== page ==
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Next: Derivatives and Integrals Up: How to Use the Previous: Plotting

Solving an Equation

A common mathematical problem involves finding the solution to an equation. For example, to determine the solution to the equation tex2html_wrap_inline1183 , make sure that your calculator is in radian mode, then push the following keys: 2pt tex2html_wrap609 tex2html_wrap1207 . This opens the solve menu. The Solve equation option should be highlighted. Push tex2html_wrap1075 . The equation field should be highlighted. Enter either tex2html_wrap_inline1187 or tex2html_wrap_inline1183 . Without the equals sign the HP48G/GX will set the expression equal to zero, and then solve for the variable. Notice that the variable x now has its own field. Enter a guess for the value of the solution in the X field. After doing so, be sure to highlight the field X, which is the variable whose value we seek. Now push tex2html_wrap1207 . The number tex2html_wrap_inline1193 is displayed in the variable field. If we return to the standard screen tex2html_wrap_inline1195 , we see that this value has been tagged as x, and placed on the stack were it is available for use in another calculation.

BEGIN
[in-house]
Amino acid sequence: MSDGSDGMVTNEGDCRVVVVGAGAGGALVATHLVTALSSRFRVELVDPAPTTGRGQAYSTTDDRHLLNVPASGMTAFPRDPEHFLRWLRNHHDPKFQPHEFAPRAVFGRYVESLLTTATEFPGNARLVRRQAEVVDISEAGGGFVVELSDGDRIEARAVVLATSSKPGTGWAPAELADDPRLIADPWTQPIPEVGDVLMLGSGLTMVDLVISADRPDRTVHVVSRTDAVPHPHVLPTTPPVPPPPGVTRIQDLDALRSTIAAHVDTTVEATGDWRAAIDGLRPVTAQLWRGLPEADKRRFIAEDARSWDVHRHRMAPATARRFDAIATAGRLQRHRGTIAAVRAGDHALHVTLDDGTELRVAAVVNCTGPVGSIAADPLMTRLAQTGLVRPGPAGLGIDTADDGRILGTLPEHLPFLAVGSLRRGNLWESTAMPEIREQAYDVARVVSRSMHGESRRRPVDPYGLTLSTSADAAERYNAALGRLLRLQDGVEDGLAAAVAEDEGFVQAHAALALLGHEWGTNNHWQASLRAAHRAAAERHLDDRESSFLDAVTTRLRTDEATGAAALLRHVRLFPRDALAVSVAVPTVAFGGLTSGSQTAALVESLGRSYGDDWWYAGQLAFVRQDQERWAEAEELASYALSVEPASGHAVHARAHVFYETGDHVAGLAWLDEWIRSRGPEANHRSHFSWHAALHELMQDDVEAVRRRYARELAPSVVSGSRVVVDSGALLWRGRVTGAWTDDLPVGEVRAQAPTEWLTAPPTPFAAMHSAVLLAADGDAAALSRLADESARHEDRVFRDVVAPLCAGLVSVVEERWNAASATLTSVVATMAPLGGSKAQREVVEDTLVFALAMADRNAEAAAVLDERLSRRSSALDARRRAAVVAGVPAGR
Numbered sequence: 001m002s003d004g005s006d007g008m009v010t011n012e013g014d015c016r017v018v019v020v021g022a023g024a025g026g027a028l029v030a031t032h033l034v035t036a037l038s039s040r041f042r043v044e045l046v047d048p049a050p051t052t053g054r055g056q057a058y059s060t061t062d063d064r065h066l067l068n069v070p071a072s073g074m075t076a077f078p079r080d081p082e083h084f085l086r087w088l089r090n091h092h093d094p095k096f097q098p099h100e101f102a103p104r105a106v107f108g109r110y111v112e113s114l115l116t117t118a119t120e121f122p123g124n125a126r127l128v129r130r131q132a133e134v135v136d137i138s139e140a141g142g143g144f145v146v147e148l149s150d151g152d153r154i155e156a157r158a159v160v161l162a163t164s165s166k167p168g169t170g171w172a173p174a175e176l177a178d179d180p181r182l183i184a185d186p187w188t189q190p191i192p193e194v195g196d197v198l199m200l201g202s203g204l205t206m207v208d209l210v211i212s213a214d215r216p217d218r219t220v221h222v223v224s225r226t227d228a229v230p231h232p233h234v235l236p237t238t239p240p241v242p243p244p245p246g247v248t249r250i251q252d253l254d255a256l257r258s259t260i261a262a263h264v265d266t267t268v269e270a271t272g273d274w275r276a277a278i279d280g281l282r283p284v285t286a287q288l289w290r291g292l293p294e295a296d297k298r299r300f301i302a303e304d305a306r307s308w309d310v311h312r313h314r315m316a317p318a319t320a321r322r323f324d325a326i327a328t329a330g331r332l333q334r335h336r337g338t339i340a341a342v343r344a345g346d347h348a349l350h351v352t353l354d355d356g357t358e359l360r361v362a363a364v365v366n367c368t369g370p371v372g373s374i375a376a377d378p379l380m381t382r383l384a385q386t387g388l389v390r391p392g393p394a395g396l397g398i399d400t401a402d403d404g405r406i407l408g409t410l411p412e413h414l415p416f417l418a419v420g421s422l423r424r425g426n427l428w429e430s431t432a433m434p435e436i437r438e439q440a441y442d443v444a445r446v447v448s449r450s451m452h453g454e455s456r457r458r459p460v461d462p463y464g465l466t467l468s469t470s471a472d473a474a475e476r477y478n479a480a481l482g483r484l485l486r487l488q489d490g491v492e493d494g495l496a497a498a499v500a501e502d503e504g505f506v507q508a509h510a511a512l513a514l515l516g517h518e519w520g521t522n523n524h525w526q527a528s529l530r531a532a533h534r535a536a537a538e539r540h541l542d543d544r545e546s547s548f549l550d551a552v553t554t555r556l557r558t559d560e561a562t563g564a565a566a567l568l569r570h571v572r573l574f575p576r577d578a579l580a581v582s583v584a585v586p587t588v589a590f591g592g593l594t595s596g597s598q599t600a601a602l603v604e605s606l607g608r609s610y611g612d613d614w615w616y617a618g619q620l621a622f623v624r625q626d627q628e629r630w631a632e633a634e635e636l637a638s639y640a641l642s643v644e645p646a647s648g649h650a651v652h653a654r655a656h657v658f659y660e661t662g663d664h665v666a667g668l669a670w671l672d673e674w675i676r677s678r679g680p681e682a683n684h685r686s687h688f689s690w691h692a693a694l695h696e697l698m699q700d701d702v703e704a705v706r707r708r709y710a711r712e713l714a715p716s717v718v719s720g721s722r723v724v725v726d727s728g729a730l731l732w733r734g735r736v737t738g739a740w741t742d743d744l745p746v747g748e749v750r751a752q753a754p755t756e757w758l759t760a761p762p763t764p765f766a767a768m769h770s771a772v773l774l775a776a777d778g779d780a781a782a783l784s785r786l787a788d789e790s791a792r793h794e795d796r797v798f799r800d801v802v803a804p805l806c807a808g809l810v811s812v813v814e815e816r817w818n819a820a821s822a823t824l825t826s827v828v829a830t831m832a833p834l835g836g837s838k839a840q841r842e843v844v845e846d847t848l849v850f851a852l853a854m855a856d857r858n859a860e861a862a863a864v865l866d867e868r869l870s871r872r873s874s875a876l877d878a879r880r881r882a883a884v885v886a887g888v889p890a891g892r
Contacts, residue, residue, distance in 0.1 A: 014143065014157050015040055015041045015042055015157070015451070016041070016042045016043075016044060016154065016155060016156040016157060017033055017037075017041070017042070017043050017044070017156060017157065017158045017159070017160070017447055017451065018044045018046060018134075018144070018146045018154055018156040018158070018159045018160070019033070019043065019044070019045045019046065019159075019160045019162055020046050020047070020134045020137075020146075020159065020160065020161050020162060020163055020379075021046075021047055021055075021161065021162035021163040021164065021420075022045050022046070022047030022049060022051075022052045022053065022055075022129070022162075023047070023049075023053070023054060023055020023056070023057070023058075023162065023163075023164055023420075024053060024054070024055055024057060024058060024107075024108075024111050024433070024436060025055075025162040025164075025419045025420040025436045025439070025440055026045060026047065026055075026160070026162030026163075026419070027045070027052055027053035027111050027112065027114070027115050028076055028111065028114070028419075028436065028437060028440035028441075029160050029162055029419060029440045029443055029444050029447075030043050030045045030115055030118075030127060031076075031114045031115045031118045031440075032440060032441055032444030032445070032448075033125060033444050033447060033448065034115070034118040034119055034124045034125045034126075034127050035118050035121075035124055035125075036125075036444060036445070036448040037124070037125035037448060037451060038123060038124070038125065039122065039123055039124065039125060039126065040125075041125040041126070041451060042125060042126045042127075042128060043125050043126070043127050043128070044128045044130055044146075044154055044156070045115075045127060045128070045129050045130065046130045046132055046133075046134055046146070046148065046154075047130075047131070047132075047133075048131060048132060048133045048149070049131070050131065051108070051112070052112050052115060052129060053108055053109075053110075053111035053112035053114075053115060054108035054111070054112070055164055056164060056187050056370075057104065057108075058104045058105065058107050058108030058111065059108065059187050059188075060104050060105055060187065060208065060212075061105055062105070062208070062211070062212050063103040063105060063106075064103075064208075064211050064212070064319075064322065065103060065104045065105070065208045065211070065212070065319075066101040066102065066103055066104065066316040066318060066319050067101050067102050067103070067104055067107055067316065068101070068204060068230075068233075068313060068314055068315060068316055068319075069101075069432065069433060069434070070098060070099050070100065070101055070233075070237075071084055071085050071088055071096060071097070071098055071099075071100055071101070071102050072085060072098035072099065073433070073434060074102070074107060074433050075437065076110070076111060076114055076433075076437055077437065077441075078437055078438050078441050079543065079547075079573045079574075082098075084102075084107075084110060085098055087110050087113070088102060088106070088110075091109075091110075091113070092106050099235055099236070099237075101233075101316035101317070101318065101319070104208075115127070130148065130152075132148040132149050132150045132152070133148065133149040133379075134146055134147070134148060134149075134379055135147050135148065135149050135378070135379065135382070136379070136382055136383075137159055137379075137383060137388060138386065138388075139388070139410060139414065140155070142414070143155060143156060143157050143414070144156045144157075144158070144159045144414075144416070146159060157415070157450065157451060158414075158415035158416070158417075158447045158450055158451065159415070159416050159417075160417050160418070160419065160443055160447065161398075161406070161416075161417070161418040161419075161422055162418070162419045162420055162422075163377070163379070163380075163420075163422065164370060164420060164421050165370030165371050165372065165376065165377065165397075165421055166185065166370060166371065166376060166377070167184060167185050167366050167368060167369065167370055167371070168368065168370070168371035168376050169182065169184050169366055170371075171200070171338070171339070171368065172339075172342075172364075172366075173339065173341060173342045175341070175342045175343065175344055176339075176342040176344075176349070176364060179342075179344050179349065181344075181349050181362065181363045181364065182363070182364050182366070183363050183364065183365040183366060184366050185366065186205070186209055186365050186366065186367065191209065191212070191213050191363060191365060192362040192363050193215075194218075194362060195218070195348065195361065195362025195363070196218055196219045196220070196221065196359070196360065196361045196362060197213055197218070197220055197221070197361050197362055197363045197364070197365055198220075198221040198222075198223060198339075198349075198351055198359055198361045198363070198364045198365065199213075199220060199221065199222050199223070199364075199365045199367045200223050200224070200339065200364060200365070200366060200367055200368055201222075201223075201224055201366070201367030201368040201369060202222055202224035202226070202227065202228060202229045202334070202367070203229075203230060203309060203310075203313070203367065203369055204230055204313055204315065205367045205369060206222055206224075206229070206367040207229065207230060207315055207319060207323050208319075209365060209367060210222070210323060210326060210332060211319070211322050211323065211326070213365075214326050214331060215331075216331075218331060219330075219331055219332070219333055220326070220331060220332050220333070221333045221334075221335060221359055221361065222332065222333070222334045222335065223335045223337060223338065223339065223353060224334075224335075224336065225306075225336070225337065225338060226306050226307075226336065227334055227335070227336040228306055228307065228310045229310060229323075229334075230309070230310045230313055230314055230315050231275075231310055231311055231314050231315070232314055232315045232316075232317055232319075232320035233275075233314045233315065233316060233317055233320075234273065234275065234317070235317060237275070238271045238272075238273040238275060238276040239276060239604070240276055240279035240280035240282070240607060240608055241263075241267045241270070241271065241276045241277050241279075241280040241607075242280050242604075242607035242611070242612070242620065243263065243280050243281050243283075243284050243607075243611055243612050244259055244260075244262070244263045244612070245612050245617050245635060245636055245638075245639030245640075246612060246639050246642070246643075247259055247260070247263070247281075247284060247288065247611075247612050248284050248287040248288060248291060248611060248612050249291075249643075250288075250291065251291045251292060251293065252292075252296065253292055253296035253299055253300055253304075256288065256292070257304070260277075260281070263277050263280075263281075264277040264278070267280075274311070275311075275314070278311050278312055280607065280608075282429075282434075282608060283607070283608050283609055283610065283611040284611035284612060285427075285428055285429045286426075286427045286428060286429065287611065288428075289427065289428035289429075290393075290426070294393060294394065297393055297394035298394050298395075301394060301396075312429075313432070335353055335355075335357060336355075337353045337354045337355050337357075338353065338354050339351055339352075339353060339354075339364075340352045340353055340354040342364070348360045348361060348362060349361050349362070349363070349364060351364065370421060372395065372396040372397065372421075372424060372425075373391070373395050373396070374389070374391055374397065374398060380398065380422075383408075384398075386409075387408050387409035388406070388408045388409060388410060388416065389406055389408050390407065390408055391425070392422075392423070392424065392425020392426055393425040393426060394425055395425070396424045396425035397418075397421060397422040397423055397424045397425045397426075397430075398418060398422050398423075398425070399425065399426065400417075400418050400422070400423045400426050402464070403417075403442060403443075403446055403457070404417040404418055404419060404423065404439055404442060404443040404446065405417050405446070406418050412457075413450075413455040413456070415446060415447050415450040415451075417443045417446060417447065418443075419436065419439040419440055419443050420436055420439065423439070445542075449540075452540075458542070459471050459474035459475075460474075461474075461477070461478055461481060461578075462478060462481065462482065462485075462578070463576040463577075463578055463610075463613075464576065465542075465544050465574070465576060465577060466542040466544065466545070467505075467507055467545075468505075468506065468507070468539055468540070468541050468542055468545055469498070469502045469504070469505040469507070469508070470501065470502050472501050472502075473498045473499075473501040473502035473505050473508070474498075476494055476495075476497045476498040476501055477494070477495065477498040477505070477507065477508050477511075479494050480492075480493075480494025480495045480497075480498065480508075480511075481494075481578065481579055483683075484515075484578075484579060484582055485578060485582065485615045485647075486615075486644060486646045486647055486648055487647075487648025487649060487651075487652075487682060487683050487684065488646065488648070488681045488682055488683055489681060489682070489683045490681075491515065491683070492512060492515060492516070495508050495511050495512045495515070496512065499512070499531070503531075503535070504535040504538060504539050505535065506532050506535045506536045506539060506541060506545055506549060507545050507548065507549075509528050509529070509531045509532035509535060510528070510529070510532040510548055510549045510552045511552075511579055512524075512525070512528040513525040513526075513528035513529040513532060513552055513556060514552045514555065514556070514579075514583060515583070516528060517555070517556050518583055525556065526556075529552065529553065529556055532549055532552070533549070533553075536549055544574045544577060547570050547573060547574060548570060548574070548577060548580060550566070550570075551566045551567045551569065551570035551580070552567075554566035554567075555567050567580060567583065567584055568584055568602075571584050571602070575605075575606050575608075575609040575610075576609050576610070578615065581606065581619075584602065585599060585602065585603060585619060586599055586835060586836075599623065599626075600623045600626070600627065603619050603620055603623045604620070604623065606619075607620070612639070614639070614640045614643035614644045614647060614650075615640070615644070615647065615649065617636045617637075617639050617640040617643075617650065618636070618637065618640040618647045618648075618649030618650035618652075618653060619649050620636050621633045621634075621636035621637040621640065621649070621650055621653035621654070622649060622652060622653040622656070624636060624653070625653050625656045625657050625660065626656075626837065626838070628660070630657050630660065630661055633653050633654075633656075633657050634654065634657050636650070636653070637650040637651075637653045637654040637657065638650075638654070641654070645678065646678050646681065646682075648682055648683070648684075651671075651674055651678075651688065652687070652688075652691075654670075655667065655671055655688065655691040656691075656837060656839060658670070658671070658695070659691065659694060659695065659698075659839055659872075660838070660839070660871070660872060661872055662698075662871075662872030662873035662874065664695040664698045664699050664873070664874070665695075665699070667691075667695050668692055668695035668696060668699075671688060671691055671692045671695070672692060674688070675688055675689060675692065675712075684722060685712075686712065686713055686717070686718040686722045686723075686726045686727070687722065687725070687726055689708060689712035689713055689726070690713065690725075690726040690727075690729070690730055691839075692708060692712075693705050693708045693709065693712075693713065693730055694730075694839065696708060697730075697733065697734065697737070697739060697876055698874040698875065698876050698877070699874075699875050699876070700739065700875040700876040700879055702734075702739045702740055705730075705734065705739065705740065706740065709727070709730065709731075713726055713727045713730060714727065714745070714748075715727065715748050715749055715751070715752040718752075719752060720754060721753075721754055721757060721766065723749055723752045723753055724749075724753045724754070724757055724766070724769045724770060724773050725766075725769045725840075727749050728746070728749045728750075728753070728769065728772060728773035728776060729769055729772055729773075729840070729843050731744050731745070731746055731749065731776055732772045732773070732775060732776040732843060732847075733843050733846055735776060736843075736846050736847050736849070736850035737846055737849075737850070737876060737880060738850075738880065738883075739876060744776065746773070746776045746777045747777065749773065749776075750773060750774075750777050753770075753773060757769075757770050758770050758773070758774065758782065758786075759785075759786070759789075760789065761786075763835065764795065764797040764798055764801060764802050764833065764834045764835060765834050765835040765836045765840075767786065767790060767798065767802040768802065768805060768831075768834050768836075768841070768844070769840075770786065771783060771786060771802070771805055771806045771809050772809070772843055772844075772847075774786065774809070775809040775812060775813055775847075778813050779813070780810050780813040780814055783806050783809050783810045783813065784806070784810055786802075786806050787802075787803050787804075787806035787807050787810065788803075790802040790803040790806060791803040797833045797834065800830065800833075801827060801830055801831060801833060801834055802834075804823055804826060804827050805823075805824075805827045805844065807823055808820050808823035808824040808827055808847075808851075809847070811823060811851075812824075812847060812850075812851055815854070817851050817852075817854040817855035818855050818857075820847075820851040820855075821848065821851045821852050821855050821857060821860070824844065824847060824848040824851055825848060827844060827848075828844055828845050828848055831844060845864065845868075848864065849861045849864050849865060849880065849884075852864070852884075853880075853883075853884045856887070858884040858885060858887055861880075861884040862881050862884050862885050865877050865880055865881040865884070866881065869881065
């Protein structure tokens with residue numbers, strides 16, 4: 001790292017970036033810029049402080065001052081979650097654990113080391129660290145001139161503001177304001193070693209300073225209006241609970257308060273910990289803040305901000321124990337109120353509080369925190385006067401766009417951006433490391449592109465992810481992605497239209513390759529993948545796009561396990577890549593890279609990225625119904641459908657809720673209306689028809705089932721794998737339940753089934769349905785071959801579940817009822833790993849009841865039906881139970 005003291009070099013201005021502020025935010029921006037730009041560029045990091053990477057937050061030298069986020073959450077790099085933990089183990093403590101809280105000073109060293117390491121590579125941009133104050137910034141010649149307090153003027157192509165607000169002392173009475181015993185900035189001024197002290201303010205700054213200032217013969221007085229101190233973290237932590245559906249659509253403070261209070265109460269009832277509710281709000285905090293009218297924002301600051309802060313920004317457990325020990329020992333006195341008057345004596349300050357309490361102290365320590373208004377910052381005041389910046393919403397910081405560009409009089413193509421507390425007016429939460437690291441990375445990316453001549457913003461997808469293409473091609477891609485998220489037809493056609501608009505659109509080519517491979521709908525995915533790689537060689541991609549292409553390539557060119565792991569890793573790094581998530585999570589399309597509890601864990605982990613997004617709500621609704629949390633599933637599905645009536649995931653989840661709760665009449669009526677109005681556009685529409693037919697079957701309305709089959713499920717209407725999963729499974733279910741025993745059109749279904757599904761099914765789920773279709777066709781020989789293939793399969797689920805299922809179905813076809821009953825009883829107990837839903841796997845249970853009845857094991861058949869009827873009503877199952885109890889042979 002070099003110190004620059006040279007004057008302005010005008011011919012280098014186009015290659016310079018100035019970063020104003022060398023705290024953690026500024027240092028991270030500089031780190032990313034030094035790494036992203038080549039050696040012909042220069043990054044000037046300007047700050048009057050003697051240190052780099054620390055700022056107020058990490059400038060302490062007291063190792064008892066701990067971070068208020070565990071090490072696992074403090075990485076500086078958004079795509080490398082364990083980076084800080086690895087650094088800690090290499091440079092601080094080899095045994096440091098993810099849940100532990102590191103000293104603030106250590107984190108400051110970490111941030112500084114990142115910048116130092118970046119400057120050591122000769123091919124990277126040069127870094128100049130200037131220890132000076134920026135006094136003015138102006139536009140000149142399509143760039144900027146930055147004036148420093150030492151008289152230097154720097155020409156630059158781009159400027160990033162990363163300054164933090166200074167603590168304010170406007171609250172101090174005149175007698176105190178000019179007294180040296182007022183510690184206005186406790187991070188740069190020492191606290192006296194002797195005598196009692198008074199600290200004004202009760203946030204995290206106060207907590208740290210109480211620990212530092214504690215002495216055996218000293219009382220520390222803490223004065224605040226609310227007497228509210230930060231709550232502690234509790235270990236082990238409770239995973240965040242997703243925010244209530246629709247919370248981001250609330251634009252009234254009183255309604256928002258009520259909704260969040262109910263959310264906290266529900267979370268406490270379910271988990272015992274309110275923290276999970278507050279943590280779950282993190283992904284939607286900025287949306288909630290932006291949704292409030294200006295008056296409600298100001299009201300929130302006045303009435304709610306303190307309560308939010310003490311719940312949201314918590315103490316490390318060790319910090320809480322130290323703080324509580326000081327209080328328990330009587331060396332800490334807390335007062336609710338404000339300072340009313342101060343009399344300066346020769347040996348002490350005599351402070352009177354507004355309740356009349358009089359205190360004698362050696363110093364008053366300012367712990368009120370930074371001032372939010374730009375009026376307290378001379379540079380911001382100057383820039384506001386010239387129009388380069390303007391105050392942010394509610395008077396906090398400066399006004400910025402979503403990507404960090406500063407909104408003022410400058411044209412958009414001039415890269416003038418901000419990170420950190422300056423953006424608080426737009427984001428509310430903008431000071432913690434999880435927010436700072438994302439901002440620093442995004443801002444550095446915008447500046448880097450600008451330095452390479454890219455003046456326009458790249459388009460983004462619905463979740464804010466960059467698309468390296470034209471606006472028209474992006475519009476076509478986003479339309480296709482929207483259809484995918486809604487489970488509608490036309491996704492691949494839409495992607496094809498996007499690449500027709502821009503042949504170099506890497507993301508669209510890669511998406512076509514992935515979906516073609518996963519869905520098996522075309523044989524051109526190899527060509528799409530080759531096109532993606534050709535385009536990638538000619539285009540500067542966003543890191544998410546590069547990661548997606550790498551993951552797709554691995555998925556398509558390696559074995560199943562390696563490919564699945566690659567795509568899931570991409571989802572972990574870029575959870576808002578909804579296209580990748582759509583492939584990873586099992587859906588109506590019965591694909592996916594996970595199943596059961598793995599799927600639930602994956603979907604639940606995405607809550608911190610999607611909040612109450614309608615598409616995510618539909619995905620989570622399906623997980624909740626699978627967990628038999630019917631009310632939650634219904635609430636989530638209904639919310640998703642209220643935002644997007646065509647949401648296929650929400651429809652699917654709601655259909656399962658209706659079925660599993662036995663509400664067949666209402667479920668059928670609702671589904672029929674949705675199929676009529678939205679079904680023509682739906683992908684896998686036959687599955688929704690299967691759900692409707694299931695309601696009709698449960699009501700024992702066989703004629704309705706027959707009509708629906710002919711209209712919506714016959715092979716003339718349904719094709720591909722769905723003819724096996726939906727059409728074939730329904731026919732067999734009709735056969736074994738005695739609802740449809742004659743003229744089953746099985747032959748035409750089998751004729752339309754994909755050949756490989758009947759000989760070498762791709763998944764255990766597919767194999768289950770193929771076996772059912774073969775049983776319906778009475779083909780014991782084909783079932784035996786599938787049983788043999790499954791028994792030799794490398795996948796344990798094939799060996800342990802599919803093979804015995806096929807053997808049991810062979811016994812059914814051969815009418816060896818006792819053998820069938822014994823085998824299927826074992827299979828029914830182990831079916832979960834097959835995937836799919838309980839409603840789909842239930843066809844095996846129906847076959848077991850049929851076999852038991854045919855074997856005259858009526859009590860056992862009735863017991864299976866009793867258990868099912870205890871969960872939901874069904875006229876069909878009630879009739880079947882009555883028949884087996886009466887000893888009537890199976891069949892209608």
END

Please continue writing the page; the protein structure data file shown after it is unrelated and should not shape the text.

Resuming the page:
We may also use this program to numerically solve a single equation in more than one unknown for one of the unknowns. For example lets solve the equation tex2html_wrap_inline1199 . The HP48G/GX cannot solve for x as a function of y, but if we specify a particular y value, it can solve for the corresponding x value. Try this for y=2. There are three solutions. Which one the HP48G/GX calculates is determined by your initial guess. Try x = 0.2, 0.7, and -2.0. Be sure to highlight the X field before you push solve.

We determined that there were three solutions by plotting the function tex2html_wrap_inline1203 . From the graph we determined approximate locations of the zeros of the function.



Mike Stecher
Thu Mar 21 09:53:31 CST 1996